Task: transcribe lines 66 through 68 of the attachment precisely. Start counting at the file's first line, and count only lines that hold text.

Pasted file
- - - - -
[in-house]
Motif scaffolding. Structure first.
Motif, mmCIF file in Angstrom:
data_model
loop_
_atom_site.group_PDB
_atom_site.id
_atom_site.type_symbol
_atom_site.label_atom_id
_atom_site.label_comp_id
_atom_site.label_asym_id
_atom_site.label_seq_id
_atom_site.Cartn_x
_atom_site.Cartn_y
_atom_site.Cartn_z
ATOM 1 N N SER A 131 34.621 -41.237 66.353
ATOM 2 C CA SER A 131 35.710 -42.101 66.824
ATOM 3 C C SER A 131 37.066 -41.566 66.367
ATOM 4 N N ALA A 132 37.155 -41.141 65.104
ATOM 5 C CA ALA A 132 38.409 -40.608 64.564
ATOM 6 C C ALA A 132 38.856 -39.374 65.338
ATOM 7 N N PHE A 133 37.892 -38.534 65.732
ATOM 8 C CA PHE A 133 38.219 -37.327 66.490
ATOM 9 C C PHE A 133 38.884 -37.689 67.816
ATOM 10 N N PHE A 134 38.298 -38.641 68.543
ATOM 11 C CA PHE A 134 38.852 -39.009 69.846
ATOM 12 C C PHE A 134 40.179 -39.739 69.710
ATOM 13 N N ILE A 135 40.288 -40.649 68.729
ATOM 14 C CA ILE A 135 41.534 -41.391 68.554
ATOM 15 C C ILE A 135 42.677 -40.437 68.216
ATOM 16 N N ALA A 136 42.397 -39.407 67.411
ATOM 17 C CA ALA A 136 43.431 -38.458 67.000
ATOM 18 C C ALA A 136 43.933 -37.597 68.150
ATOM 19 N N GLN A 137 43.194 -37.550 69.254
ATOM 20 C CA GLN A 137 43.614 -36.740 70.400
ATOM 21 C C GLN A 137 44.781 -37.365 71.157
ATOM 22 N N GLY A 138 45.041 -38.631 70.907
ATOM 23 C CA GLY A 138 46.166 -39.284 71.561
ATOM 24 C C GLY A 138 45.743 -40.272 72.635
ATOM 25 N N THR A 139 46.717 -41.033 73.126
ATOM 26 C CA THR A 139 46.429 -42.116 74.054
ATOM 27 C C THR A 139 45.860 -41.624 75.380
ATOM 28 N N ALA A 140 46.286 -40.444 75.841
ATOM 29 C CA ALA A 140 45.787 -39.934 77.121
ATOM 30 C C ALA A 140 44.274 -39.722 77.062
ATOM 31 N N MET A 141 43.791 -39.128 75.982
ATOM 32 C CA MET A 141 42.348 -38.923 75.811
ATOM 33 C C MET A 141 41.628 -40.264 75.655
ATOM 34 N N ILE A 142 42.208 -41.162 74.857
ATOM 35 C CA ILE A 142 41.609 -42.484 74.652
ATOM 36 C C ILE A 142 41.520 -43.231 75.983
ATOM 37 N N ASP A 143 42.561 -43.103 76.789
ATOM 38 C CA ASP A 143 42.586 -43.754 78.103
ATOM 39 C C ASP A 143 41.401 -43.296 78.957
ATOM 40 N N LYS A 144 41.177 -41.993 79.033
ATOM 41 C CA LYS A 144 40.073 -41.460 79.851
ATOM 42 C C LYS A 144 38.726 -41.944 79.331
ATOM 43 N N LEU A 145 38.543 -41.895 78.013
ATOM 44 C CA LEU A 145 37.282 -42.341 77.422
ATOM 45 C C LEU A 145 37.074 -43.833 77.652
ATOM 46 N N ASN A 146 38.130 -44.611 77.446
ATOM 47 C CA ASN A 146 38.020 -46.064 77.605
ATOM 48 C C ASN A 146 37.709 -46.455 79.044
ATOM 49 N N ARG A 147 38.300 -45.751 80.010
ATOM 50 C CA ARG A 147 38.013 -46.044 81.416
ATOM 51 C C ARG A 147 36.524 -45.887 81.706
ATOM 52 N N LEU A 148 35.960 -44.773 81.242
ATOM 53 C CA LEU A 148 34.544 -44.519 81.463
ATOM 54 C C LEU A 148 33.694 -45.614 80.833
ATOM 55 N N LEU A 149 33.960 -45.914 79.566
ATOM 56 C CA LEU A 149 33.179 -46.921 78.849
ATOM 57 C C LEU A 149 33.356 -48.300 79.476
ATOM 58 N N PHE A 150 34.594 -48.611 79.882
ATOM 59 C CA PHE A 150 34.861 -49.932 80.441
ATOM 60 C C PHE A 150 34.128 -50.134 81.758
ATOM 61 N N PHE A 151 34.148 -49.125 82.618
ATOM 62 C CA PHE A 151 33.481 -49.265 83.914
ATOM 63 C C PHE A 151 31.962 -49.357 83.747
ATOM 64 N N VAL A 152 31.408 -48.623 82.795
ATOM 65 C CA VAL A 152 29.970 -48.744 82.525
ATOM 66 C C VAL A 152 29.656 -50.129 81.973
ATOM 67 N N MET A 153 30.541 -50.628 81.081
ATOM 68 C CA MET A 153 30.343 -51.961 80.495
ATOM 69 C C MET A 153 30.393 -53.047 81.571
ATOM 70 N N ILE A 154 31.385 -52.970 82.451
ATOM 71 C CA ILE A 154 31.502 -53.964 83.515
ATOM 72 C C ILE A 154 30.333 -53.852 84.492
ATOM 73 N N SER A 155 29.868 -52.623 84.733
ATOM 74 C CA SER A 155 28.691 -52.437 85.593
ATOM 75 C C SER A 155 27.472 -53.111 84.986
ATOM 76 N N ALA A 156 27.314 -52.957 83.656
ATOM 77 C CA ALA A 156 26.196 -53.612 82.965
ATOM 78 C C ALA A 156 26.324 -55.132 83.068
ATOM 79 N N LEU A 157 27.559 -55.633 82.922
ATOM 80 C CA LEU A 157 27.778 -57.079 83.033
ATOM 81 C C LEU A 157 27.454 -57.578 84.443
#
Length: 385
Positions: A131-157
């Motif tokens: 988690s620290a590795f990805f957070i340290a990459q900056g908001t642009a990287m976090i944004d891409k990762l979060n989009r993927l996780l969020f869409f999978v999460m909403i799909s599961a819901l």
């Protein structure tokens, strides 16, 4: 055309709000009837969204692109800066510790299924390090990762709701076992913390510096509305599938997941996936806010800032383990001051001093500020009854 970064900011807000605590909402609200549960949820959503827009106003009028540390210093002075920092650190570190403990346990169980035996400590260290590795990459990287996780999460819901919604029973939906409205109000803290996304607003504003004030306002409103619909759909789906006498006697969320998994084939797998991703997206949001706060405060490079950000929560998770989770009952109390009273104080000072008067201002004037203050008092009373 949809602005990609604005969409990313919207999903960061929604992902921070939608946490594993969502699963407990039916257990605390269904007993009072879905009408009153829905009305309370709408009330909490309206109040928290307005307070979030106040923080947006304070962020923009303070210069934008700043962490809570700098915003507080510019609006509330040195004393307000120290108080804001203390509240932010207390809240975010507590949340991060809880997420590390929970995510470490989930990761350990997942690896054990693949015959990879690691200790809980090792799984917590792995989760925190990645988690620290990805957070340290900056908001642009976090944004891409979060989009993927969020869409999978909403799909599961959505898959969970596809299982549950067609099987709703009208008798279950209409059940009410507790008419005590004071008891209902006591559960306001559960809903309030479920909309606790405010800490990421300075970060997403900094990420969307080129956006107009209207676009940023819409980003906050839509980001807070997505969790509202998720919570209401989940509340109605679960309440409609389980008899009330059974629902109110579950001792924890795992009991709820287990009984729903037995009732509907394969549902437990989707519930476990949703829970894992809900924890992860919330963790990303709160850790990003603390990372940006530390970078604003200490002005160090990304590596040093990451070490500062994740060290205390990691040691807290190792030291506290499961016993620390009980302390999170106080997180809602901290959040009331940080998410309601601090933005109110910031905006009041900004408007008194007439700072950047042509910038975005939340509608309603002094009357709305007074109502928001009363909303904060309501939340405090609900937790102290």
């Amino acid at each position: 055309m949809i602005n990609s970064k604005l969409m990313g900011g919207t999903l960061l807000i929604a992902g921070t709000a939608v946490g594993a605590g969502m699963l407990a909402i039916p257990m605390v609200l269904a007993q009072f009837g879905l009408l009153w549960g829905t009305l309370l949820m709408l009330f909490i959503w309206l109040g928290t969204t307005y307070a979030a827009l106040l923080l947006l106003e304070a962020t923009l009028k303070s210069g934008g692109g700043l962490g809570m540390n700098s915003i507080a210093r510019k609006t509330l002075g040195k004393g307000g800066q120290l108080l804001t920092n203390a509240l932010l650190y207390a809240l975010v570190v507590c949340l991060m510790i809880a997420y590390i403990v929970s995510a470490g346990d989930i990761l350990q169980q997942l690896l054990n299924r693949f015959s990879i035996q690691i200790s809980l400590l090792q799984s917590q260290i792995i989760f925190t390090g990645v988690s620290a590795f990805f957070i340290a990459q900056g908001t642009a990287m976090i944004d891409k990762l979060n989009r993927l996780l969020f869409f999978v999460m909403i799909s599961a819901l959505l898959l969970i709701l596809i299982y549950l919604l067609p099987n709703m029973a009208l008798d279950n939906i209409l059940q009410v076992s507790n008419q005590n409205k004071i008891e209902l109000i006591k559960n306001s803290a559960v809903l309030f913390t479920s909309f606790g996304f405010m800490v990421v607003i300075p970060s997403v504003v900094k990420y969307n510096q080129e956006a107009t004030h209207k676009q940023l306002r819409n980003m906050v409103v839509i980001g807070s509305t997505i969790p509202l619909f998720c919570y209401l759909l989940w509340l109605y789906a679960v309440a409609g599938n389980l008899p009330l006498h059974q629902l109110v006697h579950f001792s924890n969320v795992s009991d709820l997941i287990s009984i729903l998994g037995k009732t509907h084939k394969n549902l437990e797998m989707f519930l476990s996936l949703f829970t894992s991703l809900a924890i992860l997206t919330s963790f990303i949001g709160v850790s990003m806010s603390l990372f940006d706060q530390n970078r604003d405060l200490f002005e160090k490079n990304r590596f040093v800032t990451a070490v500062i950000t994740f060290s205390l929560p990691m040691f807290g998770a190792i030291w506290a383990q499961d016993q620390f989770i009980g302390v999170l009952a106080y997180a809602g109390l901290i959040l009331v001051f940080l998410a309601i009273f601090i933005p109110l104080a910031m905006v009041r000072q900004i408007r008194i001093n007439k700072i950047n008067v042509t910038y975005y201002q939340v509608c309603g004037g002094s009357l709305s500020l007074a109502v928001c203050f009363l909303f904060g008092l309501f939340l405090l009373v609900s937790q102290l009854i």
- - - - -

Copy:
ATOM 51 C C ARG A 147 36.524 -45.887 81.706
ATOM 52 N N LEU A 148 35.960 -44.773 81.242
ATOM 53 C CA LEU A 148 34.544 -44.519 81.463